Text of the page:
Planned Giving from a Contrarians Point of View

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Planned Giving from a Contrarians Point of View ...

Planned Giving from a Contrarian’s Point of View

    by Fraser Green, CFRE

When it comes to planned giving as a fundraising tactic, I think many of us are going

    about it ass-backwards if we‟re going about it at all.

Over the years, I‟ve constantly encouraged our direct mail clients to get serious about

    planned giving, and to make the investment today that will generate rich rewards down

    the road. By and large, I‟ve failed.

Oh sure, everyone agrees that planned giving is important. But, few believe that it‟s

    urgent. This drives me nuts!

So, I‟m going to climb onto my soapbox and share my rant with you in the hope that it

    will shake up your current attitudes, perceptions and behaviours with respect to this

    critically important area of fund development.

I‟ve picked eight contrarian ideas that fly in the face of current planned giving

    conventional wisdom.

    1. Simplify!

Before you read any further, go and grab a copy of your current planned giving brochure.

    Do it now. I‟ll wait for you to come back.

I‟ll bet dollars to donuts that your brochure lists at least four ways that donors can make a

    planned gift. Life insurance. Gift annuities. Charitable remainder trusts. Gifts of

    securities. The list can go on almost indefinitely!

I‟ve got planned giving brochures from 14 name brand Canadian charities scattered all

    over my floor right now. Many of them describe eight or more means by which donors

    can make a planned gift. The options are dizzying.

Yet, more than 90% of all planned giving revenue comes from one simple source


Contrarian idea #1 simplify your planned giving marketing to focus on bequests only.

What are we trying to do with these brochures? Are we trying to make it easy for the

    donor to make a lifetime gift or are we trying to confuse her into inaction?

Let‟s take a moment to review some Communications 101. We as humans haven‟t

    evolved much since the time of Christ. Our brains are wired pretty much the same way

    our ancestors were in Biblical times.

Yet, information technology propels forward at a geometric rate. Put simply, we now

    have the ability to transmit endless messages but our ability to receive messages is very limited. You‟ll be exposed to some 3,000 marketing messages today. How many of them

    will „stick‟? Not many.

Your donor is overwhelmed too. She can‟t possibly digest all the information that‟s

    thrown her way each and every day. If you want to get through, keep it as simple as


In a survey of 500 Canadian direct mail donors conducted last March, we found that 99%

    of them already knew that they could leave a gift to a charity in their wills. I would argue

    that your challenge is to convince your donor that leaving a legacy gift to you would be

    an impactful humanitarian gesture.

Once you‟re in the donor‟s will, you can always go back for tea and banana bread and

    explain the other options in person. But get named in the will first. As the police detective always says in the movies, “follow the money”.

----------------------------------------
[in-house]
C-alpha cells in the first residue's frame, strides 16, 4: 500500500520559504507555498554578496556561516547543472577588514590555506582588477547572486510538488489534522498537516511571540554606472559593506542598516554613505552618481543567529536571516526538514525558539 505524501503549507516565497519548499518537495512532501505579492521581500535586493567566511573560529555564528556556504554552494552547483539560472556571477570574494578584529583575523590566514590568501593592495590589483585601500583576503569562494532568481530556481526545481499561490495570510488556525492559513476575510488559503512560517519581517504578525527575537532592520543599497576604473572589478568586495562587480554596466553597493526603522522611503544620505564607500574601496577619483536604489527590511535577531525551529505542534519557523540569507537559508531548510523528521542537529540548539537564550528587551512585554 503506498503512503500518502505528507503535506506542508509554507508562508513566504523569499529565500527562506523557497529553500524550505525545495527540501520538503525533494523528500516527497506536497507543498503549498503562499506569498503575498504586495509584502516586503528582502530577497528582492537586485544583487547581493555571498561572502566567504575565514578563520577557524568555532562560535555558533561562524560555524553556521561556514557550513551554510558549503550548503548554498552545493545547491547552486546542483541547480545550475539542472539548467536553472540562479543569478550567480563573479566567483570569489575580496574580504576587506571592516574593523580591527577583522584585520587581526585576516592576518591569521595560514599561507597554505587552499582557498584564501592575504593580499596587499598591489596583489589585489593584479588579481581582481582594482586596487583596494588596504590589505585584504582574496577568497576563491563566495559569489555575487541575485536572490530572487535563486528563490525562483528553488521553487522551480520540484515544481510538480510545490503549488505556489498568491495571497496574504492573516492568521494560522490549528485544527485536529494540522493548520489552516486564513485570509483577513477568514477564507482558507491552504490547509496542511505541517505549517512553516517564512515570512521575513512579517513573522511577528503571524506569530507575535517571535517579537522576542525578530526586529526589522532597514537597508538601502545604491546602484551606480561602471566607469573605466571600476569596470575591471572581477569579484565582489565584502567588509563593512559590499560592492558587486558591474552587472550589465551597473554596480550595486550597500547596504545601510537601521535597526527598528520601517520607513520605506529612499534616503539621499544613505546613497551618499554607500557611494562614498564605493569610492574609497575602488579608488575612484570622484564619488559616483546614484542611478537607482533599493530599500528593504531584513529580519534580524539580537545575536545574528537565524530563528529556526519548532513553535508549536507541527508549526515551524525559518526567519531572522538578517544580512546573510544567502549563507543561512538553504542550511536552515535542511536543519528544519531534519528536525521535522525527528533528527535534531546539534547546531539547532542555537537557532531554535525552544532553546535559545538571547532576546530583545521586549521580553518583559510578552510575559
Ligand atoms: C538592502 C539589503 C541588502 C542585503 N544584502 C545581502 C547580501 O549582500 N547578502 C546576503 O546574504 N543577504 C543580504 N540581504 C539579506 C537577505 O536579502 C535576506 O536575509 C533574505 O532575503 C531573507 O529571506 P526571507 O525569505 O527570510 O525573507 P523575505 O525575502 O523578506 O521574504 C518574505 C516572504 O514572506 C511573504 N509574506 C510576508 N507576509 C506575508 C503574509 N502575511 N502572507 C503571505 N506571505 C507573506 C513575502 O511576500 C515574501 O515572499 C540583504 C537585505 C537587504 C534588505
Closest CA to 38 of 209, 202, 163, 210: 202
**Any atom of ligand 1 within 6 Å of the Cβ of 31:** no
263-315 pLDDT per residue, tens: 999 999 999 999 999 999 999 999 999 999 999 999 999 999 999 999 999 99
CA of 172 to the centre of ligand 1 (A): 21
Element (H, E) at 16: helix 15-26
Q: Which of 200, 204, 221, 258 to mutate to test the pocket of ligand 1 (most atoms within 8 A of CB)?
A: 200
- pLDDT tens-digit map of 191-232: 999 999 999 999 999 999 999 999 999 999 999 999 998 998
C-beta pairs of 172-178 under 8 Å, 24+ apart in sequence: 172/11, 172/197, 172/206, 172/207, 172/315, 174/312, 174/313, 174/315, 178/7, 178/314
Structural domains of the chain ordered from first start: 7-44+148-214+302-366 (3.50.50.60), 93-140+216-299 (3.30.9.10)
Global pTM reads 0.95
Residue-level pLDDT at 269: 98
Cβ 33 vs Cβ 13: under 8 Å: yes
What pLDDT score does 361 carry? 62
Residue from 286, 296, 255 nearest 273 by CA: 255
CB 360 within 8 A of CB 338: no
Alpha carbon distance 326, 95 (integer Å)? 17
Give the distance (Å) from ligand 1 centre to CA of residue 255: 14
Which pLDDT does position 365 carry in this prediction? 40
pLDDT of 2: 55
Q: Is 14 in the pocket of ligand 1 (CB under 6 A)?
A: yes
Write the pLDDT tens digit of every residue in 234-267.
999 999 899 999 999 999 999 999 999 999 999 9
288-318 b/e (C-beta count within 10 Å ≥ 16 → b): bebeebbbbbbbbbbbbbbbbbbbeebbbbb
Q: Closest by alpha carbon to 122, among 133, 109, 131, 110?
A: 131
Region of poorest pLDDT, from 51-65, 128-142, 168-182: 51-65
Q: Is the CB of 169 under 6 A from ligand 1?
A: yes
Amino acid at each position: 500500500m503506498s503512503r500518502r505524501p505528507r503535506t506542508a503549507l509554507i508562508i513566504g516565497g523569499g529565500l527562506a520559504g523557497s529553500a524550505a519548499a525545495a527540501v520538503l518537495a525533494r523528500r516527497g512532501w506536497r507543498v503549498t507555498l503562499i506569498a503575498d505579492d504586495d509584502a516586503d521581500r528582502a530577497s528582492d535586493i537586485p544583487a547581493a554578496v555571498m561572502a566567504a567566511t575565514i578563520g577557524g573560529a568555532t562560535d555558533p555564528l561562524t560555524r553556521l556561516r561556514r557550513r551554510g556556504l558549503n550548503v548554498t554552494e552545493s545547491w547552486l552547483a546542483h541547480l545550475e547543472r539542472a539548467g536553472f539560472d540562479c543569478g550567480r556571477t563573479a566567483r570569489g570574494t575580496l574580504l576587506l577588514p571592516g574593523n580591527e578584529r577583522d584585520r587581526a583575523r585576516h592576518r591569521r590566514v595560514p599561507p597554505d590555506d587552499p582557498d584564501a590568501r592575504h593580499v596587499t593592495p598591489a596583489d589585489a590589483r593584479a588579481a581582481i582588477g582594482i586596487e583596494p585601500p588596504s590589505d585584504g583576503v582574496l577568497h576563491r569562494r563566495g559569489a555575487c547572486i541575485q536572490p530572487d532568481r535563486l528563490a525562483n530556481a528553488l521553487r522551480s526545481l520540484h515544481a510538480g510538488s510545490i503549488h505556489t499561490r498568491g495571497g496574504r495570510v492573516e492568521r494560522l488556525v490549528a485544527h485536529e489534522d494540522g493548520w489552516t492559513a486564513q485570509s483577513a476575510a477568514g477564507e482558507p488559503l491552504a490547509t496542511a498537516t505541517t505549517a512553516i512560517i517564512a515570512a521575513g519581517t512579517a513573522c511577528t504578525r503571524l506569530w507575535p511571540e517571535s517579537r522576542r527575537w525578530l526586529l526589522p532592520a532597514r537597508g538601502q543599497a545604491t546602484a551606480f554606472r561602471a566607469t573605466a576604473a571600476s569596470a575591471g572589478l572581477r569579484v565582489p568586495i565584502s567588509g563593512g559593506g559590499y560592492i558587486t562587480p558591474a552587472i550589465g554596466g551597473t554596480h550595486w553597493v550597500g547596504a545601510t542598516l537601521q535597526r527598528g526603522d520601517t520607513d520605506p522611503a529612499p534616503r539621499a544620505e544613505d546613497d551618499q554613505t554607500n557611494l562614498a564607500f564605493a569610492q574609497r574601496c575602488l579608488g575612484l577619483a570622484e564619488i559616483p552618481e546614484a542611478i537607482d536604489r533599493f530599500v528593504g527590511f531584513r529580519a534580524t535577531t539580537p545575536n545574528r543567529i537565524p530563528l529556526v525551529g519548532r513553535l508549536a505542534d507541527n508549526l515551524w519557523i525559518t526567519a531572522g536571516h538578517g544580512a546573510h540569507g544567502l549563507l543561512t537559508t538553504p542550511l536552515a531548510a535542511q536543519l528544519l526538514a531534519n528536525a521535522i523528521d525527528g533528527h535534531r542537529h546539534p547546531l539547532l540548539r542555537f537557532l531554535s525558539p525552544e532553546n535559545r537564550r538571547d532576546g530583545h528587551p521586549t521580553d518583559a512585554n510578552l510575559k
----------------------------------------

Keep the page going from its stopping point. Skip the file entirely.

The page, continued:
2. Name it

We as fundraisers use the phrase planned giving as the label for the umbrella of

    fundraising tactics geared at getting gifts of assets. I have no objection to this term so

    long as we consider it jargon that we use with each other.

If you went out onto the street and asked 100 passers by what the term planned giving

    means, how many of them would give you the correct answer? So, why do we insist on

    using a term that ordinary people simply don‟t understand?

Contrarian idea #2 never use the words „planned giving‟ or „planned gifts‟ with donors.

I‟ve watched donors in several focus groups talk about this topic. They like the word

    legacy. It has positive connotations. It sounds important. They like the word „gift‟.

    They‟re okay with the word „bequest‟.

For my money, I‟d use the phrase legacy gift over planned gift any time.

By Fraser Green

    The FLA Group Inc.

    July 16, 2003

    3. Do Your Research

Prior to becoming a fundraiser, I spent 15 years as a political organizer and campaign

    manager. Before spending a lot of money on an election campaign, we would always do

    market research to enable us to understand who the voters are, what issues they care

    about most and how we could present ourselves in the most positive light.

When I „crossed over‟ to the charitable sector, I was blown away at how little market

    research we do. We make a lot of investments based on what we heard someone else was

    doing or what someone said at a conference last month.

    Contrarian idea #3 spend 10% of your planned giving budget on quality market research.

The poll we conducted in conjunction with Mal Warwick and Associates of Berkley

    California gave us some great insight into the legacy potential of typical direct mail

    donors. We now know that;

    ? almost three-quarters of direct mail donors are over 65 years of age

    ? more than one in three direct mail donors has already named at least one

    charity in their wills or intends to do so within five years

    ? the majority of donors surveyed say they‟ve never been asked for a legacy